Worm Breeder's Gazette 11(4): 59
These abstracts should not be cited in bibliographies. Material contained herein should be treated as personal communication and should be cited as such only with the consent of the author.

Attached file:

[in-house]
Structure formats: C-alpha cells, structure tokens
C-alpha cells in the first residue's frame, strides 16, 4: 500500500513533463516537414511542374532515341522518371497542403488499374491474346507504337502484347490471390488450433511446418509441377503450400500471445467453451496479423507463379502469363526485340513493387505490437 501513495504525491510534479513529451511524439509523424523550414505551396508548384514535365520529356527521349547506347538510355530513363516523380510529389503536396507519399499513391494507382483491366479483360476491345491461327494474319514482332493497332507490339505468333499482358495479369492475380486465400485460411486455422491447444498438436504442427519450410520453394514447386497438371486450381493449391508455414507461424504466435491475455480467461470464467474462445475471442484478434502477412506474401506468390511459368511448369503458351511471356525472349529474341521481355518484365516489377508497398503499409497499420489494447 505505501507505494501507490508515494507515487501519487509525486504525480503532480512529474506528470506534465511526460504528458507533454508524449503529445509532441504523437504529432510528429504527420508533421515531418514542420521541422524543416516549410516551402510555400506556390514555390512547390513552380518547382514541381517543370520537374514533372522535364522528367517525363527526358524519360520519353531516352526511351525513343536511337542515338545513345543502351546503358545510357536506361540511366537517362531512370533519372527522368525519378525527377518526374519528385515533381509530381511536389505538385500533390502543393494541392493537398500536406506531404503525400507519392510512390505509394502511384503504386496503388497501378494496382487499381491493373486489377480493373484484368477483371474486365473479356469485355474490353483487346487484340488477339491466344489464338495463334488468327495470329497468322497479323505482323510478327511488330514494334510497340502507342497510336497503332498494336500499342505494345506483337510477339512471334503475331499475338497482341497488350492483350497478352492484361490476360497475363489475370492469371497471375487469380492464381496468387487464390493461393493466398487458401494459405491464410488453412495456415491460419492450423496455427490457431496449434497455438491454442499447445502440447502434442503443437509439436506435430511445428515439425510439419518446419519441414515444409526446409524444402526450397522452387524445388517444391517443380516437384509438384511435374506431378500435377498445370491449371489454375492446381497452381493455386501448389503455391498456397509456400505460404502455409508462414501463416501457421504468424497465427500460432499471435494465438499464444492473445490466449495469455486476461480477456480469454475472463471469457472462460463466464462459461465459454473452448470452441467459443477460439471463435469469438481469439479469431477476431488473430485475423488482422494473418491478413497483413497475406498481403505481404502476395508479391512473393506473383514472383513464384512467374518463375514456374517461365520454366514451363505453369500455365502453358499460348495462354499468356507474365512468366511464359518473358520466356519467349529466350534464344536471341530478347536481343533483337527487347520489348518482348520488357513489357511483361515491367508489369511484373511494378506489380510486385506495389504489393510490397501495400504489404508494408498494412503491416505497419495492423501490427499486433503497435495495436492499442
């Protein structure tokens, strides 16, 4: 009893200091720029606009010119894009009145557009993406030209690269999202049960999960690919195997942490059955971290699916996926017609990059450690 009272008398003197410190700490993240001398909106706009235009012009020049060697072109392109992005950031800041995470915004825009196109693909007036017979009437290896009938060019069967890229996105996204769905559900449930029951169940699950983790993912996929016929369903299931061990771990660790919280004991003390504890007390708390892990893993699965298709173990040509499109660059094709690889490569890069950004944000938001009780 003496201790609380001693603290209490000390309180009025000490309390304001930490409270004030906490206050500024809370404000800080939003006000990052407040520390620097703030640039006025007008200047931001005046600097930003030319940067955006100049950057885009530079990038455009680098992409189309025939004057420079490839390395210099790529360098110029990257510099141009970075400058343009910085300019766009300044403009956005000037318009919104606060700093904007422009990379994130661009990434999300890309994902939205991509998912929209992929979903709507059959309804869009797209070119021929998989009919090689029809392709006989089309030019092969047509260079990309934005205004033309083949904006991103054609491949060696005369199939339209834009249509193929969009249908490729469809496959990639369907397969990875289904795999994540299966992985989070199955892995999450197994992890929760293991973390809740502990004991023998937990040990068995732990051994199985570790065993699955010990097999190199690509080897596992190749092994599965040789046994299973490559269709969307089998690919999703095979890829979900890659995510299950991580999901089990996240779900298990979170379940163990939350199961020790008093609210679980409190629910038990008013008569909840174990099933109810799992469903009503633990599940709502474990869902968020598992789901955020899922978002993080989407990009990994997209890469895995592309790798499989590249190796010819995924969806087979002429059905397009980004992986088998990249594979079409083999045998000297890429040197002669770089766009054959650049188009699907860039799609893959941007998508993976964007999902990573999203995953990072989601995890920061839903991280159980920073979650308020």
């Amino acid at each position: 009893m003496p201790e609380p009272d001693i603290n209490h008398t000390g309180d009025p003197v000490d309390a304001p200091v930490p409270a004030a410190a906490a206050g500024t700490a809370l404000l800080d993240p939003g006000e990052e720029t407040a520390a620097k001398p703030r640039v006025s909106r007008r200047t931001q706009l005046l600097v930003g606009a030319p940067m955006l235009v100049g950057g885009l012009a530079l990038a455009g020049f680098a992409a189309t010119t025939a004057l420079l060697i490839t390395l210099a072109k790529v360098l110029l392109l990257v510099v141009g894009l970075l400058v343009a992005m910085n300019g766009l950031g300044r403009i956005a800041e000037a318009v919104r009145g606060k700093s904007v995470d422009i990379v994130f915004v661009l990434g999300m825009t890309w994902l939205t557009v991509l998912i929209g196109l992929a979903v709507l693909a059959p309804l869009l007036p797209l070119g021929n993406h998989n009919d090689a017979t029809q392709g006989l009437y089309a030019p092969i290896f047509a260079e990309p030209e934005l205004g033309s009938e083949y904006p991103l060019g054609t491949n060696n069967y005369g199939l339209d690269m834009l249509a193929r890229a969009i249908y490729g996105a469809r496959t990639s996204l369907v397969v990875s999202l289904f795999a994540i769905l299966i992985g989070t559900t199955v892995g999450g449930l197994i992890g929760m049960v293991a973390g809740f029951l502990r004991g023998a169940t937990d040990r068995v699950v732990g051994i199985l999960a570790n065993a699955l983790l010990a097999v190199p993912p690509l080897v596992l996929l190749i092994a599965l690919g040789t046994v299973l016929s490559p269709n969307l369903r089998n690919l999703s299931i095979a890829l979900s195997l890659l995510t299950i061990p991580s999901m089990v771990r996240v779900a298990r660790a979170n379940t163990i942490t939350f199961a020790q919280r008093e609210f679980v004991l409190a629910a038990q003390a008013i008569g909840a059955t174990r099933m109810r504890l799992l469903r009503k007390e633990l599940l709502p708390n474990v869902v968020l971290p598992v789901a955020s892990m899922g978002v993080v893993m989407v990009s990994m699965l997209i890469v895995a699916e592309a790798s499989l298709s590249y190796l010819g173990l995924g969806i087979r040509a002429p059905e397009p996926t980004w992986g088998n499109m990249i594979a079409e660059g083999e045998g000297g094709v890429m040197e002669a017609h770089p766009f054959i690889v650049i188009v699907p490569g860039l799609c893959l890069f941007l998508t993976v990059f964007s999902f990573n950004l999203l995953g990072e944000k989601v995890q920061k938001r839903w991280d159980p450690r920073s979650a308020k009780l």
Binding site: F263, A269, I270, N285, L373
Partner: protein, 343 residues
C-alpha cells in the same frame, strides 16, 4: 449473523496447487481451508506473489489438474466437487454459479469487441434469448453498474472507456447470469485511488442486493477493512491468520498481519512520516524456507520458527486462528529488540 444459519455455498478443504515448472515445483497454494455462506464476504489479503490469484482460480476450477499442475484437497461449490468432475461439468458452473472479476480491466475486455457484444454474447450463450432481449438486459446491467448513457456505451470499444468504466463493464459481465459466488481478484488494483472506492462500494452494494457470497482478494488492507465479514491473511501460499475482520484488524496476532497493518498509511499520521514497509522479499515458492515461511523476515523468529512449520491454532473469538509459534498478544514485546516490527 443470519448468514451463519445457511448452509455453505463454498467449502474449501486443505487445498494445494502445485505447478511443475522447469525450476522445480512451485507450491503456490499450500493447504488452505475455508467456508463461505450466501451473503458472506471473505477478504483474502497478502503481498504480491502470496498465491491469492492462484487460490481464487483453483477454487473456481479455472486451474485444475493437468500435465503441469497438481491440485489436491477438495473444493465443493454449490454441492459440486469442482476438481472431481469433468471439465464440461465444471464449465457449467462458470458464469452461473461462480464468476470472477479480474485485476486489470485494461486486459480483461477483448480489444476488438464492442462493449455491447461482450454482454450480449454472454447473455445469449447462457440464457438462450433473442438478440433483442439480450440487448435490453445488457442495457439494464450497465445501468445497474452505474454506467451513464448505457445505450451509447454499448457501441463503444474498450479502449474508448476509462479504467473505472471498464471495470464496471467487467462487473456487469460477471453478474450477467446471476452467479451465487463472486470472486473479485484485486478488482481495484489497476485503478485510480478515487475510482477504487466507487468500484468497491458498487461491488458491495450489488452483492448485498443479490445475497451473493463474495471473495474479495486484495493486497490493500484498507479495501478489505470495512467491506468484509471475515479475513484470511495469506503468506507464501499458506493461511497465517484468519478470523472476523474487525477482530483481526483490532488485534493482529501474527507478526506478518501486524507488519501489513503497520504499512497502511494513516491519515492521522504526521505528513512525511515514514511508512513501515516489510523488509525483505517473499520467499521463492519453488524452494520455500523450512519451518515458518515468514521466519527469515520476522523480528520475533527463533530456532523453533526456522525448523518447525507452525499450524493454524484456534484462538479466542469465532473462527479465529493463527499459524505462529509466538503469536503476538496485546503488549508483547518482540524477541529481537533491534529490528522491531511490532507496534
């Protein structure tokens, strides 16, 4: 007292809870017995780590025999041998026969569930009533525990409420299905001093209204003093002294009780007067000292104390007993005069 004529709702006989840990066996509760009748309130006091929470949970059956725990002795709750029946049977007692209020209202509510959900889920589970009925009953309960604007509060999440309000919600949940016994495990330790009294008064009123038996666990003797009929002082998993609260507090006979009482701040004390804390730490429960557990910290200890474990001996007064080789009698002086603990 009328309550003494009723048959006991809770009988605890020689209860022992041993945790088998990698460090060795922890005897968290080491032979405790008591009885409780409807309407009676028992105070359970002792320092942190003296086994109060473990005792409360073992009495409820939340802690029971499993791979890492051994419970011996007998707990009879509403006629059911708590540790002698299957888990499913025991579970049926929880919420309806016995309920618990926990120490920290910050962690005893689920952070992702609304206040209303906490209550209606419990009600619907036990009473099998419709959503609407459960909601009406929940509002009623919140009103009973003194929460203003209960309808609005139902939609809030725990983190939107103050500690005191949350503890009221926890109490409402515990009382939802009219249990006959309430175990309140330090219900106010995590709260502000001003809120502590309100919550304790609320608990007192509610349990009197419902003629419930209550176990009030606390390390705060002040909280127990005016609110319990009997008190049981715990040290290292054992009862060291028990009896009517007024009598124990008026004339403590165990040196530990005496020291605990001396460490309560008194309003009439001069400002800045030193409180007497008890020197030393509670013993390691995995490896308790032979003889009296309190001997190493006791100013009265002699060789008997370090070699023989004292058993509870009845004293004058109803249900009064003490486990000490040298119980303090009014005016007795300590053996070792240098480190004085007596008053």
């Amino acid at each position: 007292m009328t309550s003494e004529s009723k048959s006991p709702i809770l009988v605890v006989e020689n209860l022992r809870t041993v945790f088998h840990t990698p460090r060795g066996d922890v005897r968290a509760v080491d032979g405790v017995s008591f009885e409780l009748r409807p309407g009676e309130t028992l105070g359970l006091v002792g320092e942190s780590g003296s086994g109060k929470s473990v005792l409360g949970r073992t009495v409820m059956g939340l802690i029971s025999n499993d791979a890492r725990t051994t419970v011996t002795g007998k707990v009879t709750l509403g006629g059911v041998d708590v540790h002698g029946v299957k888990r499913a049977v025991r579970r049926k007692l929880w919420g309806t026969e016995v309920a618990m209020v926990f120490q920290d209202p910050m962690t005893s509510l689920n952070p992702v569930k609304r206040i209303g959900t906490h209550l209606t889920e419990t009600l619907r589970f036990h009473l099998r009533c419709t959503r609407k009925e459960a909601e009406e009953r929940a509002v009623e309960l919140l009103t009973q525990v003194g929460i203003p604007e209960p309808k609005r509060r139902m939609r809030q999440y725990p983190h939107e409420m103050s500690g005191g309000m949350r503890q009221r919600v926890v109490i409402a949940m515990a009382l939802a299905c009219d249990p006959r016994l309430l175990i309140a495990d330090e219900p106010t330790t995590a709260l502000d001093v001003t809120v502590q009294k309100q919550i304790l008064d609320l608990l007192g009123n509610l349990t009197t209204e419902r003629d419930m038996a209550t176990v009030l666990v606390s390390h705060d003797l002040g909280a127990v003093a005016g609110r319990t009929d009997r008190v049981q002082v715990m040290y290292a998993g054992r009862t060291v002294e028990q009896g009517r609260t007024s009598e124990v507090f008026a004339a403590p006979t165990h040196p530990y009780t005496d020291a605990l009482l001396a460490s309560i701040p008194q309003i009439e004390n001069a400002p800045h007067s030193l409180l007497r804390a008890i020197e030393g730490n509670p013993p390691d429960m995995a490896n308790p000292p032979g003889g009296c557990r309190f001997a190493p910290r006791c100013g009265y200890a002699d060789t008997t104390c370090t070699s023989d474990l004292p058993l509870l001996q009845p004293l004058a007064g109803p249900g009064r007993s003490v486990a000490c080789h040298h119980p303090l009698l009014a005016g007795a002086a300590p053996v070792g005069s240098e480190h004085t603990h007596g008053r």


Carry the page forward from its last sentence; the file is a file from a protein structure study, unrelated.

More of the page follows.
Coordinate expression. We have examined expression of the sqt-1 and rol-6 collagen genes by Northern and slot blot analyses. Both genes are expressed at the L1, L2, L3, and L4 molts, but no transcripts are detectable in mixed-stage embryo RNA or L2d-dauer RNA. By quantitative slot blot analysis, the relative levels of sqt-1:rol-6 mRNAs are approximately 2:1 at each of the molts at which they are expressed. These results are consistent with the proposal, based on genetic interactions and structural similarity, that sqt-1 and rol-6 physically interact and suggest that they could be present in a 2:1 ratio within a single heterotrimeric collagen molecule. The rol-6 mRNA is trans-spliced with SL1, while sqt-1 has a cis-spliced intron in its 5'UTR; another example in which one of a pair of related collagen genes has switched its mode of splicing (the other is col- 12/13). If SL1 affects translation, then the sqt-1:rol-6 polypeptide ratio may not be 2:1, but would still be constant at all stages. Expression at the L2 stage. sqt-1 and rol-6 transcripts are produced during the L1-L2 molt at levels similar to those seen in later molts, but mutant animals had been reported not to show phenotypes at the L2 stage (Cox et al. Genetics 95:317, 1980). We find that at the L2 stage e1350/+, e187 and sv1006 animals are strong RRol; some e1350 animals have slightly abnormal tails and move abnormally; sc13 animals are indistinguishable from N2. Thus, sqt-1 and rol-6 expression at the L1 molt can produce the RRol phenotype, but apparently not the LRol phenotype. Possibly some components of the cuticle required to produce the LRol phenotype are not expressed until the L2-L3 molt. The dilemma of dauers sqt-1 and rol-6 mutant animals display the Rol phenotype as dauers, but we could not detect transcripts from either gene in two different preparations of L2d-dauer RNA. To substantiate these results, we isolated RNA from daf-2(e1368) animals at multiple time points throughout the L1-L2d-dauer period and probed slot blots with sqt-1, -specific collagen) specific probes. sqt-1 and rol-6 transcripts were detected at and immediately following the L1-L2d molt (16-22 hours after plating L1s at 25 C), but were undetectable at all later time points (26-54 hrs). In contrast, col-2 transcripts were first detected when animals began the L2d-dauer molt (30 hrs), peaked at 38 hrs., and were barely detectable when animals had completed the molt (54 hrs). Given the level of sensitivity of these experiments, the levels of the sqt-1 and rol-6 transcripts must be at least 50-100 fold lower at the L2d-dauer molt than at other molts. We examined sqt-1 and rol-6 mutant animals at the L2d and dauer stages. Similar to L2 stage animals, e1350/+, e187 and su1006 animals are strong RRol as dauers. sc13 and e1350 dauer animals display variable LRol or RRol phenotypes, respectively. The term variable is used to indicate that some animals show strong Rol phenotype, some are weak Rol, and some are not observed to roll. The L2d phenotypes for these animals are the same as their dauer phenotypes. Note that the sqt-1 alleles display different phenotypes at the L2 and L2d stages, directly demonstrating a functional difference between these cuticles. Inheritance of pattern? How can the apparent lack of gene expression during formation of the dauer cuticle be reconciled with the appearance of mutant phenotypes at that stage (recall that the null phenotypes for both sqt-1 and rol-6 are WT)? It is possible that there is a very low level of sqt-1 and rol-6 expression and that it is sufficient to cause a phenotype. This seems an unlikely explanation for these structural proteins, given that the expression is at least 50-fold less than at an equivalent stage (L2-L3). It is possible that sqt-1 and rol-6 collagens could be extracted from the L2d cuticle and reutilized for assembly of the dauer cuticle. The strongest argument against this possibility is that the collagens in the cuticle are crosslinked with di- and trityrosine residues (D. Eyre and J. Kramer, unpublished results). There is no know mechanism to sever these crosslinks, short of hydrolyzing the proteins. Another possibility is that dauers are rollers because the preceding L2d stage animals were rollers, i.e., the pattern is maintained from one stage to the next in the absence of expression of the mutant collagen. We favor this explanation based on the arguments that follow. At each molt a new cuticle is assembled beneath the old cuticle, so connections of the hypodermis and muscles to the cuticle must be broken during the molt. It seems likely that some sort of scaffold must form at this time to maintain organization in the absence of these cuticle attachments. Jim Priess showed that elongation of the embryo is dependent on bundles of microfilaments and microtubules circumferentially oriented in the hypodermis and that these filaments also appear to be involved in formation of the L1 cuticle (Priess and Hirsh Dev. Biol. 117:156, 1986). When the L1 cuticle has formed the filaments disappear. He has found that at each molt the actin filaments reform, and could act as the postulated scaffold. When we stained sc13 and e187 animals with TRITC-phalloidin, the hypodermal syncitia and seam cells were seen to remain helically twisted throughout the entire L2d-dauer molting period. Bundles of circumferential actin filaments were seen in the hypodermal syncitia, while seam cells stained diffusely. The filaments are oriented perpendicular to the seam-syncitium junction and appear to attach to the belt desmosomes. This cytoskeletal arrangement presumably prevents the hypodermis from changing its organization, and locks in the helical structure present before the molt began. Since the dauer cuticle is synthesized by a helically twisted hypodermis it may not require mutant collagen to generate its twist. Thus, dauers inherit the pattern that existed in the L2d stage animal. This proposal predicts that the dauer phenotype must be the same as the L2d phenotype, and this is true for the sqt-1 and rol-6 mutants we have examined. It may also explain why, for certain morphological mutants, adults derived from dauers have a different phenotype than adults derived from L3s. The persistent dumpiness induced by levamisole treatment (Lewis et al. 95:905,1980) could also be explained as maintenance of the hypercontracted morphology by the hypodermal filament system. If this proposal is correct, the phenotypes of some morphological mutants could be a result of the combined effects of the morphology at previous stages and the composition of the current cuticle. [See Figure 1]